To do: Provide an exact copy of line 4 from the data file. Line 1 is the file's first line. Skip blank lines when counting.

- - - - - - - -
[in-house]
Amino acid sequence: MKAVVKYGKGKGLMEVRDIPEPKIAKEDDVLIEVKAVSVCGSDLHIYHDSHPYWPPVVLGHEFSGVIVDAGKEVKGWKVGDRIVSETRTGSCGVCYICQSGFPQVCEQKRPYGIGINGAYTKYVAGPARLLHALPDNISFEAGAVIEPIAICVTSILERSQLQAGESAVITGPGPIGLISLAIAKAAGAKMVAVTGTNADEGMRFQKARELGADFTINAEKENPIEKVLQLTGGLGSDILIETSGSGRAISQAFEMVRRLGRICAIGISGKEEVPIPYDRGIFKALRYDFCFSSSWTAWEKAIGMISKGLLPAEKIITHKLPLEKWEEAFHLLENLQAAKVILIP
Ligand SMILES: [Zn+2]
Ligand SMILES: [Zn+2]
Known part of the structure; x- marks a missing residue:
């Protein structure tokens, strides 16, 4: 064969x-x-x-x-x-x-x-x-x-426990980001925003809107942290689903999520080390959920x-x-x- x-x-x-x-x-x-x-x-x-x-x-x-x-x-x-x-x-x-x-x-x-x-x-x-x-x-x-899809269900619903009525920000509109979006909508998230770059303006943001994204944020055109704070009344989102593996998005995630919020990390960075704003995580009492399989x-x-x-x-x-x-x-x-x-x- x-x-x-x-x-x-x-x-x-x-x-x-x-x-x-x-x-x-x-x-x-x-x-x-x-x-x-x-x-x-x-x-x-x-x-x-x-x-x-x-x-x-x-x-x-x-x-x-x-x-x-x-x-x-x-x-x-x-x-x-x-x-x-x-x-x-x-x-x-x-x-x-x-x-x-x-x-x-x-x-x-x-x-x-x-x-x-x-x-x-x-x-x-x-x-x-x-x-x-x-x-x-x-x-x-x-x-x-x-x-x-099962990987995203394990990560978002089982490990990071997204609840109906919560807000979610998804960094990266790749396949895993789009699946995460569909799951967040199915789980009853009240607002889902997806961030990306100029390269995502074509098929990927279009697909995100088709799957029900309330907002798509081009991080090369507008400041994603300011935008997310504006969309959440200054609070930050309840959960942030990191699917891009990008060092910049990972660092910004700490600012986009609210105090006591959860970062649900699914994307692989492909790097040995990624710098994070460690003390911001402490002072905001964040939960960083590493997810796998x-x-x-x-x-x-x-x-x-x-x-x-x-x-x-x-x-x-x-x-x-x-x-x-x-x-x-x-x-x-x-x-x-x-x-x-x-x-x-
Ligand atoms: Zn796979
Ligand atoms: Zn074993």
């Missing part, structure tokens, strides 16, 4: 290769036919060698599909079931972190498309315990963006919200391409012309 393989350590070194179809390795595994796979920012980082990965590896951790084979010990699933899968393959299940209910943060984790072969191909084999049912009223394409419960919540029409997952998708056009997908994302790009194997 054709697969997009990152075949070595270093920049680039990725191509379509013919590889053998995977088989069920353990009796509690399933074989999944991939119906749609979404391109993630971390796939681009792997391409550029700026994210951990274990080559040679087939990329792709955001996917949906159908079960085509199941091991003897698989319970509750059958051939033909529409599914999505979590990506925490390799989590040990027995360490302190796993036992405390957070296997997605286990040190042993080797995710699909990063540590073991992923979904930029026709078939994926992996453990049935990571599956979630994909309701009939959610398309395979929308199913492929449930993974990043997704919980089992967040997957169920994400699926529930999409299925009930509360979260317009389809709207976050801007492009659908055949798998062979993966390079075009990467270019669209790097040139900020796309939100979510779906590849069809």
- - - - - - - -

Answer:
Ligand SMILES: [Zn+2]